Traveling by train is generally considered to be particularly environmentally friendly. That’s not wrong either. Deutsche Bahn could strike an even better balance, especially when it comes to climate protection. Because while the trains in the Netherlands are exclusively supplied with wind energy, in Germany coal-fired electricity is still used. In addition, the route network in this country is not yet fully electrified. Diesel locomotives are therefore usually used on routes without overhead wires. There have been plans for further electrification for some time now. In practice, however, enlargement is very slow. Meanwhile, other technical solutions are becoming increasingly important. A regional fuel cell train is already being tested in Lower Saxony. In Schleswig-Holstein, on the other hand, trains with built-in batteries will be used in the future. These are charged in larger train stations and then provide the necessary propulsion on the non-electrified parts of the route.
No diesel locomotive from Flensburg to Kiel
According to the manufacturer, a fully charged battery is sufficient for about eighty kilometers of driving. This would be enough to safely bridge the non-electrified routes. However, Deutsche Bahn is not responsible for its use. Nordbahn won the international tender for the local Schleswig-Holstein transport association. This is a partially private competitor that is already active in the region. In the future, the battery-powered trains will be deployed on both the north-south and east-west routes. This will make it possible in the future to drive emission-free from Flensburg to Kiel. According to initial calculations, about ten million liters of diesel could be saved annually by doing without diesel locomotives. This corresponds to approximately 26,000 tons of CO2 emissions. By 2030, train traffic in the northernmost federal state of Germany must be completely climate neutral.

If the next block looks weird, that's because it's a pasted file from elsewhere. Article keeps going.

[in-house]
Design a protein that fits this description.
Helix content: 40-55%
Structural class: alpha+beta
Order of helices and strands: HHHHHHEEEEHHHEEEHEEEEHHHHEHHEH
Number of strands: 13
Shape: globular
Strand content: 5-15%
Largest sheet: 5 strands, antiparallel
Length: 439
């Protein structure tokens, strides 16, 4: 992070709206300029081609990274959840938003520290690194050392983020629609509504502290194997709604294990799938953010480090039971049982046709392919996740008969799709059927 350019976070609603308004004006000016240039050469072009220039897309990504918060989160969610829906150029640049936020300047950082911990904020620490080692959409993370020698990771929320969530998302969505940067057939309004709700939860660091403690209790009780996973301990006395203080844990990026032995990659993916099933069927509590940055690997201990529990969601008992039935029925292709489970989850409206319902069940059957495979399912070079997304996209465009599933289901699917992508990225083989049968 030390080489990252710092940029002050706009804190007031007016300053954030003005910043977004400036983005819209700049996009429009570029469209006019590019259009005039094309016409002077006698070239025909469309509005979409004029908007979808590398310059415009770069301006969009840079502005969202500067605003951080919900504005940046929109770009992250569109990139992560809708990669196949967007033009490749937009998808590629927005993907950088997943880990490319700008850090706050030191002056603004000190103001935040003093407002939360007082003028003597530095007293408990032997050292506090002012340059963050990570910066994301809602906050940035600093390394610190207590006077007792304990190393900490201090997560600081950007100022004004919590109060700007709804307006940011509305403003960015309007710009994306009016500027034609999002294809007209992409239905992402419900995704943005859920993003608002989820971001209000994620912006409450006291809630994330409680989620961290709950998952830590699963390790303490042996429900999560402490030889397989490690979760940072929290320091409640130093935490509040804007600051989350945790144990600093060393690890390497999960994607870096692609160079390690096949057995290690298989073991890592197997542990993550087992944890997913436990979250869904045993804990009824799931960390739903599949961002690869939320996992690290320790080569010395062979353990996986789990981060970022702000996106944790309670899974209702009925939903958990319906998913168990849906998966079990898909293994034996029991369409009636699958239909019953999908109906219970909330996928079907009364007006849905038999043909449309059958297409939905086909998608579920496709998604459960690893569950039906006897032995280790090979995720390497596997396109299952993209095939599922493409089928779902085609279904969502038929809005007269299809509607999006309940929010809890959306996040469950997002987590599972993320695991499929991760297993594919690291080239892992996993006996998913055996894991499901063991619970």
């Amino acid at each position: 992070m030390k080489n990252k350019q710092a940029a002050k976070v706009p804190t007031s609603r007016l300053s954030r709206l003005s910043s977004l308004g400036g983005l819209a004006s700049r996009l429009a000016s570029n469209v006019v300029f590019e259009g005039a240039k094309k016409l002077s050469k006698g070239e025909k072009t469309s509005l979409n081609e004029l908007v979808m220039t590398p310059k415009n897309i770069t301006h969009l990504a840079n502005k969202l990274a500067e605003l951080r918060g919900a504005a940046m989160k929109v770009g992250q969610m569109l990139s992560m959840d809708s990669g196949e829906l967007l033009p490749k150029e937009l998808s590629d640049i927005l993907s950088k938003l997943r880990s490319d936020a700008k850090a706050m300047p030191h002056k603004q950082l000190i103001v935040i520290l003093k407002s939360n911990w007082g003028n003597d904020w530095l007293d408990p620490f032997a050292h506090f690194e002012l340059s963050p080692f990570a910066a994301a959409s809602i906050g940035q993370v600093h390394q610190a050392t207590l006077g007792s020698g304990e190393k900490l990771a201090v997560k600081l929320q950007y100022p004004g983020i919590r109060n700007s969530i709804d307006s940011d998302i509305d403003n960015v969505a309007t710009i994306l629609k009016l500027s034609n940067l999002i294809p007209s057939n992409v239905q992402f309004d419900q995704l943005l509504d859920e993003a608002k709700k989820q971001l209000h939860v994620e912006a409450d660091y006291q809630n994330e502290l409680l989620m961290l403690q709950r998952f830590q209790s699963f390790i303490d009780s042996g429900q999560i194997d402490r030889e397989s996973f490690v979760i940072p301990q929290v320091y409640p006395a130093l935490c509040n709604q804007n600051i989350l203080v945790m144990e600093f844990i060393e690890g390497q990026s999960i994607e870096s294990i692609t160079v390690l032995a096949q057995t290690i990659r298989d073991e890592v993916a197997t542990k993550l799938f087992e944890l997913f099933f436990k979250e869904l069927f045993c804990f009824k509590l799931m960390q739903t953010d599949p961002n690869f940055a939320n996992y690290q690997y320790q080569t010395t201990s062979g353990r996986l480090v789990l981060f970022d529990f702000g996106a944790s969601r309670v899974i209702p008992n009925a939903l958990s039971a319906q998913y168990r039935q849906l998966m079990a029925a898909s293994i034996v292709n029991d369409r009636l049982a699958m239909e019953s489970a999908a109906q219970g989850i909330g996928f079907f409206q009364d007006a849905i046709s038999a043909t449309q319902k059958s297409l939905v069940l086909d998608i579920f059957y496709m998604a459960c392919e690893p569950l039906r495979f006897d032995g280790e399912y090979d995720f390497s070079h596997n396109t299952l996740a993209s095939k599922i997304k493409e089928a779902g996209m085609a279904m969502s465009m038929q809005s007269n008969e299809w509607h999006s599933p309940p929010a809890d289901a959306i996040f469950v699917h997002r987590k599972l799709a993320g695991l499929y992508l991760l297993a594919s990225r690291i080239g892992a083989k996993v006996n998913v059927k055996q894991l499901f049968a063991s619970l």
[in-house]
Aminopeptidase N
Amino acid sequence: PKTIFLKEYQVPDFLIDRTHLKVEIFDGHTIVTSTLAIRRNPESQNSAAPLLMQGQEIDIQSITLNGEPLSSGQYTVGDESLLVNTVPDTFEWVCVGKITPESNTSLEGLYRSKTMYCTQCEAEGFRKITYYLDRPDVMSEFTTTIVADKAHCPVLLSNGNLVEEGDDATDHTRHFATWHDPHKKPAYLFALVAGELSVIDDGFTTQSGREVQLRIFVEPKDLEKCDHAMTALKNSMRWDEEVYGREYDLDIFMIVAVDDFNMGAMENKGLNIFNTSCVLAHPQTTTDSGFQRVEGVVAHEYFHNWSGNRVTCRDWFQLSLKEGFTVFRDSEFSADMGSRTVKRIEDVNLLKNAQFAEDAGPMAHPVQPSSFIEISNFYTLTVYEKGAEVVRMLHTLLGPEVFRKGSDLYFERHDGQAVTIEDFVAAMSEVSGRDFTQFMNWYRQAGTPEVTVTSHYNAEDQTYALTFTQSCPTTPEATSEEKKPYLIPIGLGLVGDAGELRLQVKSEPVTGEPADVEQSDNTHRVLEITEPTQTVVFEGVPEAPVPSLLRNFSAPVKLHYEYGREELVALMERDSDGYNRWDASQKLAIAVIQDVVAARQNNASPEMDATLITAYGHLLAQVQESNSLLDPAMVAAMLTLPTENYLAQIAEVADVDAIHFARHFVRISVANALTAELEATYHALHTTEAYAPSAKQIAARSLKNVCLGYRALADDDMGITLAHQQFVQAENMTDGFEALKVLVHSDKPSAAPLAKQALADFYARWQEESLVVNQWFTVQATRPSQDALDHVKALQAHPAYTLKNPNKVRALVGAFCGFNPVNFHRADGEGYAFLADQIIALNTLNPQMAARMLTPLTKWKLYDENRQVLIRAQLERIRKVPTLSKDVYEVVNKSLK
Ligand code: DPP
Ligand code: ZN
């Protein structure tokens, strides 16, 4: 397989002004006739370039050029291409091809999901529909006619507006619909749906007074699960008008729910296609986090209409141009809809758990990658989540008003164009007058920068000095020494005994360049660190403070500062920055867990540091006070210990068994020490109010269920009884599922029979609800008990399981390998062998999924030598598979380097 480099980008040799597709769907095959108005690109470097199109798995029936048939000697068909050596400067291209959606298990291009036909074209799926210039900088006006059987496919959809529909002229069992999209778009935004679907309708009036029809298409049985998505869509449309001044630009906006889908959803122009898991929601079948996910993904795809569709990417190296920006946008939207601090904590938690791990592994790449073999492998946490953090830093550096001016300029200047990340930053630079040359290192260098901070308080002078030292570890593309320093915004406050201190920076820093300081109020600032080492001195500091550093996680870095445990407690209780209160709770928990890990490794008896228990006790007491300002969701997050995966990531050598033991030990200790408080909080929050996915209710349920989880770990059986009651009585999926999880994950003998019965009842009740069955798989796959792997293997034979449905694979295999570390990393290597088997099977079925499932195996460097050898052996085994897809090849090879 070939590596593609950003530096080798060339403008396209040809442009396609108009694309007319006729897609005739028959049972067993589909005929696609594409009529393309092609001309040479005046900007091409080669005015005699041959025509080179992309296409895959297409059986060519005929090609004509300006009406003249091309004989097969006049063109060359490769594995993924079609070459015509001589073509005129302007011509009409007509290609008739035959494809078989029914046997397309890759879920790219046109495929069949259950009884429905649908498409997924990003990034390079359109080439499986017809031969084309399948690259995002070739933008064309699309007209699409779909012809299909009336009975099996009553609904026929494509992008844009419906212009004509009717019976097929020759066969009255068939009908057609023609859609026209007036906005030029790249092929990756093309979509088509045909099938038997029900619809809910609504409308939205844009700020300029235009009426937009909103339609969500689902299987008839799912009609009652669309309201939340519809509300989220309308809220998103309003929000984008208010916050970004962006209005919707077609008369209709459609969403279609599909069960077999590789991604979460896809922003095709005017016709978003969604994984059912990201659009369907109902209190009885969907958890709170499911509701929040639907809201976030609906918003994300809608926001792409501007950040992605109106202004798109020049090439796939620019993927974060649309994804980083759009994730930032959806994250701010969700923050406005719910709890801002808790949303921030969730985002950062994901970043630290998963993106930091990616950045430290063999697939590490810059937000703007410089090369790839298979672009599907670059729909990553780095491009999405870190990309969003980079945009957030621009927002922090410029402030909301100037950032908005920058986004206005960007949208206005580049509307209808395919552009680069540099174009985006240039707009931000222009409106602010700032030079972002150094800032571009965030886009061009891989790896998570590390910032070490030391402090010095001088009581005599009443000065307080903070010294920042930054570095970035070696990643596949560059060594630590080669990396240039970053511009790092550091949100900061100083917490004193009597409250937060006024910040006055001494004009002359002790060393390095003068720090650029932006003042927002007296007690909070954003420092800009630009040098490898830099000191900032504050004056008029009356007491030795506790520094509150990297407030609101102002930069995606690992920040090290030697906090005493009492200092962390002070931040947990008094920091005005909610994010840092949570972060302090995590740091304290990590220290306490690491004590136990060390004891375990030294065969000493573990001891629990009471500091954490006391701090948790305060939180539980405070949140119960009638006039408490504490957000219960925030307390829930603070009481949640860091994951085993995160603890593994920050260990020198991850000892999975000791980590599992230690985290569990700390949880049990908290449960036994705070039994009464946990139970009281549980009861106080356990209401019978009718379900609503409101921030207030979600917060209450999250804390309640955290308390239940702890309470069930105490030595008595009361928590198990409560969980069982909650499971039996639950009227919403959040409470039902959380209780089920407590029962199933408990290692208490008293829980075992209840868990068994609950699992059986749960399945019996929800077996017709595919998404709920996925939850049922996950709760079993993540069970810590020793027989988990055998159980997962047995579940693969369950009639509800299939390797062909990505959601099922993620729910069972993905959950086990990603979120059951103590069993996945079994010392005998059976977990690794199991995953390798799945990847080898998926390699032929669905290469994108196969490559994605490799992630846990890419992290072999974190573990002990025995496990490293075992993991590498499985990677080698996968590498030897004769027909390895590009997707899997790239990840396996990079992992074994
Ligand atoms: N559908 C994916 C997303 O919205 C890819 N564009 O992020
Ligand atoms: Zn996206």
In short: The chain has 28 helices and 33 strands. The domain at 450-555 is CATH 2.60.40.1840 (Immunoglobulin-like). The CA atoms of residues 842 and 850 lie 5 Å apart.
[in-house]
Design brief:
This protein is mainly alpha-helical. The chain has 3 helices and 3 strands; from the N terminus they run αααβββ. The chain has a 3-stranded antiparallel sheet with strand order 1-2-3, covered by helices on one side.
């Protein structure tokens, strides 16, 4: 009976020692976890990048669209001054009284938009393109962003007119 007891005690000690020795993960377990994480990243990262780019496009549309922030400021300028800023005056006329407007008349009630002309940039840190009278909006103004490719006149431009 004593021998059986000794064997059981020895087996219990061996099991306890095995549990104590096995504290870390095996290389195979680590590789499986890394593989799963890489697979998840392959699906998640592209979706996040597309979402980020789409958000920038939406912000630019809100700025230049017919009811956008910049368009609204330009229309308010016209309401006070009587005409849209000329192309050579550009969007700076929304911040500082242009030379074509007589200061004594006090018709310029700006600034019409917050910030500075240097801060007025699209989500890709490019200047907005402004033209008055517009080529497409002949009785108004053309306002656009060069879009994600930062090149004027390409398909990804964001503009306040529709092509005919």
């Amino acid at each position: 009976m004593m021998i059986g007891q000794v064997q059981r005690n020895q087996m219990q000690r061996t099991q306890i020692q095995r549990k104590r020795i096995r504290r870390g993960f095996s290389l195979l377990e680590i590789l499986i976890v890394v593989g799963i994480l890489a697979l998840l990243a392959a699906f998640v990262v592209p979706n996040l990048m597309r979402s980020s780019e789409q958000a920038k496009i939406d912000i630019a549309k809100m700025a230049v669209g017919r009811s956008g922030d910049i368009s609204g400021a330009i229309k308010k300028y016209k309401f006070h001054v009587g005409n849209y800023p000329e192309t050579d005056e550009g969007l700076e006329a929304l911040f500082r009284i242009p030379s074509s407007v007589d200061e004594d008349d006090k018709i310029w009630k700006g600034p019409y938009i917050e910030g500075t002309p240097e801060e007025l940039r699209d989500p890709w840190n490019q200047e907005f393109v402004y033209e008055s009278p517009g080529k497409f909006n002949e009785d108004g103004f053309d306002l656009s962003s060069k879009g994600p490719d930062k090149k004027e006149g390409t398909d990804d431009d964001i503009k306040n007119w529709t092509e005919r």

Potential followers follow the project with interest
However, the Nordbahn scored not only in the area of climate protection in the tender. On the contrary, more comfort for the passengers was also promised. There should be more legroom and more comfortable seats, among other things. Other federal states are likely to follow the project with interest. Because with the tender specifically for battery trains, the country has entered new territory. In fact, the tender was launched in 2016. The fact that the associated contracts could only now be signed shows that there were a number of pitfalls to be aware of, both technologically and legally. But now the partners involved know for sure that they can realize the idea. About forty percent of the route network in Schleswig-Holstein would therefore no longer need to be electrified for the time being. If battery train use proves successful, other states could follow suit and advertise non-electrified routes accordingly.